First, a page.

Fellow Bondi resident and film director Paul Middleditch could easily talk the leg off
an iron pot. Sitting opposite me at a table in the decidedly cosy upstairs foyer of the
Rotterdam Hilton, he's explaining the genesis for the plot of his feature debut, Terra
Nova - a task he'll be equally comfortable performing in front of hundreds of inquisitive
European festival goers at multiple Q&A sessions.
"spotted the news item on Urban Cinefile"
It's Day 7 of the 1999 Rotterdam Film Festival (end of Jan to early Feb), and by now
I'm comfortable with the city's public transport system, I'm practically a pro when it
comes to ensuring I get tickets to screenings, I've seen at least few dozen films (some of
them great), and chatting to directors like Middleditch has become par for the course. But
I just can't stop marvelling at the fact that I'm actually here...
Two days before Christmas (having spotted the news item on Urban Cinefile) I paid $27
to send my application to the Rotterdam Film Festival in the vain hope of being chosen for
their Young Film Critics' Trainee Program. I'd been review writing in various incarnations
for a few years, and producing the movies category for the ninemsn websites Sydney and
Melbourne Sidewalk for a while, and whilst the phrase "golden opportunity" tends
to get a tad worn out, there isn't a better way to describe the prospect of a fortnight of
fully funded filmwatching. Miraculously (considering that over half the applications came
from Australia), a two-sentence e-mail arrived early January informing me that I had been
selected, and a couple of weeks later I was checking into the Wilgenhof Hotel, Rotterdam.
"my first experience of a festival outside
My first few days are dizzily disorienting. I meet with Christian de Schutter, editor
of the daily newspaper published during the festival and work out a trainee report
schedule with the webmaster in the impressively vast, brand spanking new offices of the
festival. This being my first experience of a festival outside Australia, I'm somewhat
overawed by the number of staff - several hundred at the height of proceedings - and the
scale of diversity of the films being shown. At any given time there will be four or five
simultaneous screenings, most of them taking place in the Pathe complex, a towering
modernist shed in the middle of town that features seven state-of-the-art theatres (one of
which seats 1000).
Over the course of two weeks a total of 1,999 guests (journalists, filmmakers,
producers and actors) will visit the festival, among them Larry Clark (Kids, Another Day
In Paradise), Todd Haynes (Velvet Goldmine), Whit Stillman (Last Days of Disco), the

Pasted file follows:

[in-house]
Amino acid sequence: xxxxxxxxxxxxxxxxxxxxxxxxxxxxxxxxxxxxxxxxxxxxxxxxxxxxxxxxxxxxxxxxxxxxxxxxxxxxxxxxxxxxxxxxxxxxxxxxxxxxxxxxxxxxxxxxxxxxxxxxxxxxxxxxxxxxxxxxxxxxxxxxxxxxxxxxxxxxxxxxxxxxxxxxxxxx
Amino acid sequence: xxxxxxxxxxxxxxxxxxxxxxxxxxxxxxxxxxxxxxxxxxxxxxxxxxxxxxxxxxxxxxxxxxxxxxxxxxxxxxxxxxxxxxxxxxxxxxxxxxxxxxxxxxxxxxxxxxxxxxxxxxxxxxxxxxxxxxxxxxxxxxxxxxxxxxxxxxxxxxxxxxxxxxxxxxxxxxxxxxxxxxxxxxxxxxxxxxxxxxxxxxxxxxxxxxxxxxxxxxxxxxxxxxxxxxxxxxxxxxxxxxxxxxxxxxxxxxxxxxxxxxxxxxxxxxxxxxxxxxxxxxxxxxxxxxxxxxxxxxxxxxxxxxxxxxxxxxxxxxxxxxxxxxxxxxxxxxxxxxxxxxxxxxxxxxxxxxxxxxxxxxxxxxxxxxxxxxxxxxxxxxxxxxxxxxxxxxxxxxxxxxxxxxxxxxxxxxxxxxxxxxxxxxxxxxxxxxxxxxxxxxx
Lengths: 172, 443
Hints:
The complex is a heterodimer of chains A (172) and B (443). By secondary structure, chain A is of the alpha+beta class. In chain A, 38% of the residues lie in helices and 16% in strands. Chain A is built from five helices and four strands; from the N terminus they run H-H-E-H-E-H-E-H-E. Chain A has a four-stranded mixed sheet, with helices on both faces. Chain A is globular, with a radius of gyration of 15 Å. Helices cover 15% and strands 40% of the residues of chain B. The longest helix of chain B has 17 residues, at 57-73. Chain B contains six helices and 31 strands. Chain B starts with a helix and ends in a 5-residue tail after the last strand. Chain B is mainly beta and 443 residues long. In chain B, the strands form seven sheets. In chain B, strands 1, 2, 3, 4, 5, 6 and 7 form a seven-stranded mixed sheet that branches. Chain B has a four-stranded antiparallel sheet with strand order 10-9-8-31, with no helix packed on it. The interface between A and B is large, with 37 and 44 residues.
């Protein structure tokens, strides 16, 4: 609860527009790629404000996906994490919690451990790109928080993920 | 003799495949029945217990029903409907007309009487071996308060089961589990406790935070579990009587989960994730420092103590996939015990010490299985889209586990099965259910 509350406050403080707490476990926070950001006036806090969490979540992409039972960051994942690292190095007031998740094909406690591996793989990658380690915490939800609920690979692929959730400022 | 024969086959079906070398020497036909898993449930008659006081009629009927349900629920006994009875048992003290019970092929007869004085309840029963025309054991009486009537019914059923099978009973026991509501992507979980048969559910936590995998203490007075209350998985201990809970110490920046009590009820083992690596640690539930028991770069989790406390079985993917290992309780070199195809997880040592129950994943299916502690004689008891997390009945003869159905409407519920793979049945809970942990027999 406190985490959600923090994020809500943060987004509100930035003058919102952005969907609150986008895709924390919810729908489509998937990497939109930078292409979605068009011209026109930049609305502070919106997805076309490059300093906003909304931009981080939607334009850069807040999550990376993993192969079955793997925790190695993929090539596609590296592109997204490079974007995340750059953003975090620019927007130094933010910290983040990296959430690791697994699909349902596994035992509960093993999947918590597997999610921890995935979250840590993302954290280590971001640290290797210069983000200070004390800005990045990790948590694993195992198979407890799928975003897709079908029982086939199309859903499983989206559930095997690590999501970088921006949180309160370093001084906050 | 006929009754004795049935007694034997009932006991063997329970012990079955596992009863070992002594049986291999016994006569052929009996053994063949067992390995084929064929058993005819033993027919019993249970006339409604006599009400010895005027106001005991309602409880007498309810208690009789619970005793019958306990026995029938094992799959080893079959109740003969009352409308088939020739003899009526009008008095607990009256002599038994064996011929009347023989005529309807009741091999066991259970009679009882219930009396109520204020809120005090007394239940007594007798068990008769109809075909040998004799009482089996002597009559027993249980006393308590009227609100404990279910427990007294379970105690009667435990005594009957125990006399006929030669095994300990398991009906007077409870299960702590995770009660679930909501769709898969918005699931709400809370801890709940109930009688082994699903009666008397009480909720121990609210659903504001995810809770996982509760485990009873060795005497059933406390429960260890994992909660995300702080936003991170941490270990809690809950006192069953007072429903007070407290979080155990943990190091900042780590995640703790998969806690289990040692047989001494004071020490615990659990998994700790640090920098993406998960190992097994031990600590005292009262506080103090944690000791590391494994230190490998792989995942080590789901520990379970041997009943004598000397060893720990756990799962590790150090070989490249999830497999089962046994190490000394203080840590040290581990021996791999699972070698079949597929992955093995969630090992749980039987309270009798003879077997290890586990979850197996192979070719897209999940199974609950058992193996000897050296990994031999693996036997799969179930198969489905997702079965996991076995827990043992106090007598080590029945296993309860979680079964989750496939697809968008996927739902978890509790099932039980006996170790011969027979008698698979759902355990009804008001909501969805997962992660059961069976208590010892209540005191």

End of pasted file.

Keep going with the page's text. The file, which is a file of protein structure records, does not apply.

legendary Hou Hsiao-hsien (Flowers of Shanghai), Catherine Breillard (Romance). And given
the intimacy of the setting (candidly, there aren't that many places to go for a beer in
Rotterdam), there's a good chance that we'll run into each other more than a few times.
So what of the films?
So what of the films? One well-known U.S. reviewer wearily informs me that the
selection this year is weak (but after about 10 days I realise it's almost mandatory for
film journalists to decry some aspect of a film festival). My feeling is that there are
some very exciting offerings - namely Olivier Assayas' Fin Aout, Debut Septembre, Flowers
of Shanghai by Hou Hsiao-hsien, and at a late night screening Todd Solondz's Happiness
(the vastly superior follow-up to Welcome To The Dollhouse) has the audience† rolling
in the aisles.
The excellent Disney feature Rushmore is an unofficial favourite with the Fipresci jury
- I'm lucky enough to dine with them on a few occasions - and not surprisingly the
audience favourite is Festen (directed by Thomas Vinterberg), a film produced according to
the Dogma '95 rules. Suffice to say it is with a great deal of regret that I pack my bags,
because there are many films I simply have no time to see, but it's great to see that some
of the films I missed (namely Black Cat White Cat, La Vie Revee Des Anges (Erick Zonca)
and Paul Auster's Lulu On the Bridge) will all be releasing in Australia.
"It's a festival for filmmakers, not stars"
If Rotterdam isn't as well known as Cannes, Sundance or even Berlin, it's because of
its unassuming stature. It's a festival for filmmakers, not stars (although the local
press does get rather excited when Bridget Fonda drops in to promote A Simple Plan). And
even though deals are being done as part of the Cinemart (a four-day long opportunity for
producers/filmmakers to find investors and distributors for their projects) commercial
concerns don't necessarily come first.
And young and emerging Australian filmmakers take note: if you're looking for European
exposure, Rotterdam is the very best place to start. But perhaps the greatest endorsement
I can give the festival is a more personally motivated one - I'll be moving heaven and
earth (via British Airways) to get back there next year.